Adams Oshiomhole, APC National Chairman, APC

By OBINNA EZUGWU

Once in the life Comrade Adams Oshiomhole, National Chairman of the All Progressive Congress (APC), he was the darling of the masses, an epitome of uprightness and a soldier in the war against government oppression; a man many looked up to in times of obnoxious policies, to lead the fight for a better deal.

As the President of the Nigerian Labour Congress (NLC) in the days of Olusegun Obasanjo presidency, Oshiomhole was a thorn in the flesh of that administration. The NLC was the only formidable opposition to a government, which despite being civilian saw itself largely as a military regime. And to make matters worse, the country lacked the benefit of a strong opposition party.

But Oshiomhole stood in the gap. He called for industrial actions whenever Obasanjo refused to yield. And more often than not, he got the obdurate former military general to concede positions. Through his activism Oshiomhole negotiated a 25 percent increase in the country’s minimum wage in 2002. And in return, the NLC backed Obasanjo’s second term bid in 2003.

But once he secured another term in office, Obasanjo moved – compelled by the breakdown of local refineries leading to more reliance on imports – to increase price of petroleum products.

Oshiomhole led strikes and demonstrations against the increase, during which he faced arrests, tear gas and temporary blockades of union offices. Obasanjo would later introduce legislations aimed at making NLC strikes more difficult. He didn’t quite succeed. And when Oshiomhole bowed out from as NLC presidency, his reputation as a defender of the weak and a staunch advocate for good governance had soared.

So when he decided to run for the office of governor in his home state of Edo in the 2007 general election, it was only a matter of whether or not the then ruling party, the People’s Democratic Party (PDP), would let the people’s will to prevail.

That year, Oshiomhole ran for governor under the Labour party and won – although, Prof. Oserheimen Osunbor of the PDP was initially declared the winner; Oshiomhole was able to reclaim his mandate in court in 2008 with the backing of then Action Congress of Nigeria led by Asiwaju Bola Tinubu.

Coming from the background of an advocate for good governance, Oshiomhole’s government was welcomed with great expectation by Edo people. He was to practice what he preached as a labour leader; pay workers a healthy wage, create employment for the unemployed and improve infrastructure in a state reeling from poor governance which it had been subjected to in the immediate past days of his predecessor, Lucky Igbinedion.

But his administration turned out to be a mixed bag. The question about who performed better between him and his predecessor remains a subject of hot debate in Edo. While some praise him for doing roads, at least more than Igbinidion,  others argue that whatever projects he did better, he has cancelled out with the pile of debts he left for the state, and probably for his successor, and now estranged godson, Gov. Godwin Obaseki, to clean up.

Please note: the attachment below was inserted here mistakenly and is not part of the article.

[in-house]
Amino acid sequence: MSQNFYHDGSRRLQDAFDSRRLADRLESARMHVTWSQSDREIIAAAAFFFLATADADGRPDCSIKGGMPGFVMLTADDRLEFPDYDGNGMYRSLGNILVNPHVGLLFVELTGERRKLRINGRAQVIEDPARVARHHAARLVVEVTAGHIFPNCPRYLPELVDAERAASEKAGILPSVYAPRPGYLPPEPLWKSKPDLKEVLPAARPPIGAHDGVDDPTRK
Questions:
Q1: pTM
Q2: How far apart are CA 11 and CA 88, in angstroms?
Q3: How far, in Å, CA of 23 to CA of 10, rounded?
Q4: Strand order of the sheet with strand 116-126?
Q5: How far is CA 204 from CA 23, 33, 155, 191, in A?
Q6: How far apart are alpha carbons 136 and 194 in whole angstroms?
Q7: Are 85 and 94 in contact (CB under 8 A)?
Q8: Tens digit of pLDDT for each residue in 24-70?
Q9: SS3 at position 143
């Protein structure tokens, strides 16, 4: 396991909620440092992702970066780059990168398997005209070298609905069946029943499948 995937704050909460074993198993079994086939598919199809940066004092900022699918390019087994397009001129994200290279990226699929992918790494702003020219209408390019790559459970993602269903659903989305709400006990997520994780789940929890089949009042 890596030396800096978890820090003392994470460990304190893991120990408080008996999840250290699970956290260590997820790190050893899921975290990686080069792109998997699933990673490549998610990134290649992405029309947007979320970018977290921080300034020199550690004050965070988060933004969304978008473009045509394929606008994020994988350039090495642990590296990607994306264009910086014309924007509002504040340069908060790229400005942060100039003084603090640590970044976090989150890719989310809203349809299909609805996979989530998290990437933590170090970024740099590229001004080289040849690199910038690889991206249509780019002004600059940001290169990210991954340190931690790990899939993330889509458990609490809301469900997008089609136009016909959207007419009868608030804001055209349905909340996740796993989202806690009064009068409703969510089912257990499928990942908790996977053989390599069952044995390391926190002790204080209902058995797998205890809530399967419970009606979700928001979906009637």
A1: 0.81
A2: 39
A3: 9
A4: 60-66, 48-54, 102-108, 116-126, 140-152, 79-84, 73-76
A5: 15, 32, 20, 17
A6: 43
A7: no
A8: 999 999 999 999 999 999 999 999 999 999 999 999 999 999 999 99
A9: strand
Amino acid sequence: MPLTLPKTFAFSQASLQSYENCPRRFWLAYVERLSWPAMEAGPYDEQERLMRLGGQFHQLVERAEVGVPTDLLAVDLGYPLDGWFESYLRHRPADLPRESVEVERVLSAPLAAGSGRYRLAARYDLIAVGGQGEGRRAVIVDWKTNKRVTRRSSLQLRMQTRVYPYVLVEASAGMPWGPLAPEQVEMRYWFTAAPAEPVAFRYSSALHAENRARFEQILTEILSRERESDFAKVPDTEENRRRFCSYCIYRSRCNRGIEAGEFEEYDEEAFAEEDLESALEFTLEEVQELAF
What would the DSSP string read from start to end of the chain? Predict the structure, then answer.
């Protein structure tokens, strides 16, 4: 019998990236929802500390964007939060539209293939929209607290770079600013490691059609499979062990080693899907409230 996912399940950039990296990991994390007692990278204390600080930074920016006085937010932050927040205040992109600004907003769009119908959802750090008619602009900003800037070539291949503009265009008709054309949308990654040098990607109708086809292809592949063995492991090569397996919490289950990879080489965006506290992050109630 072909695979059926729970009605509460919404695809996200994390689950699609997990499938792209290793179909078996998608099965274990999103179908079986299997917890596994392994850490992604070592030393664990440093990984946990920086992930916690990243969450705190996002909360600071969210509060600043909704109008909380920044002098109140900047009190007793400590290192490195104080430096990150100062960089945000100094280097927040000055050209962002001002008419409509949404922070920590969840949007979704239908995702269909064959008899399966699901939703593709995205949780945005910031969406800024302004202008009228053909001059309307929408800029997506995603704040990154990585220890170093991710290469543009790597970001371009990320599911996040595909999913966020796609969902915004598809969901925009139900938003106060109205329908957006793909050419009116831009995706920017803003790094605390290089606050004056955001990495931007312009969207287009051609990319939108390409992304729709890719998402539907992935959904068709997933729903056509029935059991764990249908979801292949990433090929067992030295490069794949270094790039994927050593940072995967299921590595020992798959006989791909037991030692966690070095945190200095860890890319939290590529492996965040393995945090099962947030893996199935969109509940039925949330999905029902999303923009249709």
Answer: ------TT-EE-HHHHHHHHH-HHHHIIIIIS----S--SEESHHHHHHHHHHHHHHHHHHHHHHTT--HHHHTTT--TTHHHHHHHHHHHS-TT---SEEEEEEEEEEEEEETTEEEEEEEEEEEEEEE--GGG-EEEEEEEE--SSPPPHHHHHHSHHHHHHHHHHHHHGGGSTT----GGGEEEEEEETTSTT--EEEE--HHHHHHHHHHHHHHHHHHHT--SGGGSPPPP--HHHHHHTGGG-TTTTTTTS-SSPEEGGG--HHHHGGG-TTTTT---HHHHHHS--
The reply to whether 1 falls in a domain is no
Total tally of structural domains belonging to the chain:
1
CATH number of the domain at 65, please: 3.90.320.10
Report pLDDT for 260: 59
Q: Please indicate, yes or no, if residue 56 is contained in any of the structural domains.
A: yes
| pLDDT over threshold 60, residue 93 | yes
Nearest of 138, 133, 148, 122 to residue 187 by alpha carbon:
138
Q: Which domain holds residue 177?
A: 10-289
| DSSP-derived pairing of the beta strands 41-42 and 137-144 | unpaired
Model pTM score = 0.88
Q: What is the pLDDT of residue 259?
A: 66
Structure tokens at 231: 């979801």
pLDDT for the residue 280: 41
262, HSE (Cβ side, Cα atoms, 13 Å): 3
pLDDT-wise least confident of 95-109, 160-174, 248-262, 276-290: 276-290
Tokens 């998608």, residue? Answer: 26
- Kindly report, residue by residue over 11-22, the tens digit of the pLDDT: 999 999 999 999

“When you compare his administration with that of Igbinedion, there is no doubt that he did better,” said Amaechi Ezema, a textile dealer in New Benin. “He completed a number of roads and other infrastructure. What he did at Ring Road is a marvel till today.”

However, Kelvin Osazuwa, a graduate job seeker in the capital city saw it differently. “The only thing he did was that he piled up debts for the state,” he said. “The current governor is crying now. I would say Igbinedion focused more on job creation by promoting sports and industries.”

Indeed, Oshiomhole did have penchant for borrowing. And for some, the most outstanding legacy he left, besides the eye-catching mansion he built for himself at his home town, Iyamho, Estako West local government alleged to have cost billions of naira, and perhaps the roads, is the fact that under his watch, Edo became one of the most indebted states in the country with foreign debt profile of $279 million and domestic debt of N69 billion, second only to Lagos which bears the chunk of it all.

In the Edo case, the borrowed money, if you ask some, was practically squandered on frivolities and election.

In 2014, his alleged attempt to borrow $200 million (N15 billion) from the World Bank which was blocked by then Minister of Finance, Dr. Ngozi Okonjo-Iweala, led to his constant verbal attack on the ex minister, whom he severally attempted to link with the infamous $2.1 billion Dasuki-gate. The former governor was quoted in one of his tantrums, to have insisted that the ex minister should be prosecuted.

“The issue is whether the Nigerian president under the constitution has the power to approve funds belonging to local, state and federal government – funds that have not been appropriated by the National Assembly,” he was quoted as saying in 2015.

“That is a criminal offense for which Okonjo-Iweala ought to face criminal prosecution. These things are just discussed and wished away. For me, I will stick for the truth and don’t care what people will say,” he said.

But the former minister had responded in kind, explaining in a statement by her spokesperson, that she stopped the then governor from taking “a highly suspicious N15 billion loan” which is why he decided “to make false allegations against her while hiding behind the constitutional immunity granted state governors”.

“As recently confirmed by the Debt Management Office, analysis showed that Oshiomhole’s loan request which was based on using low interest World Bank loan to offset high interest commercial loans would have left Edo state with a heavy debt burden and the state would have found it very difficult to pay back,” the ex minister had said.

The ex governor was said to have, nonetheless, gotten the approval to borrow N14.7 billion from the World Bank upon the coming on board of the Buhari administration, which is why the state’s foreign debt piled up to $279 million.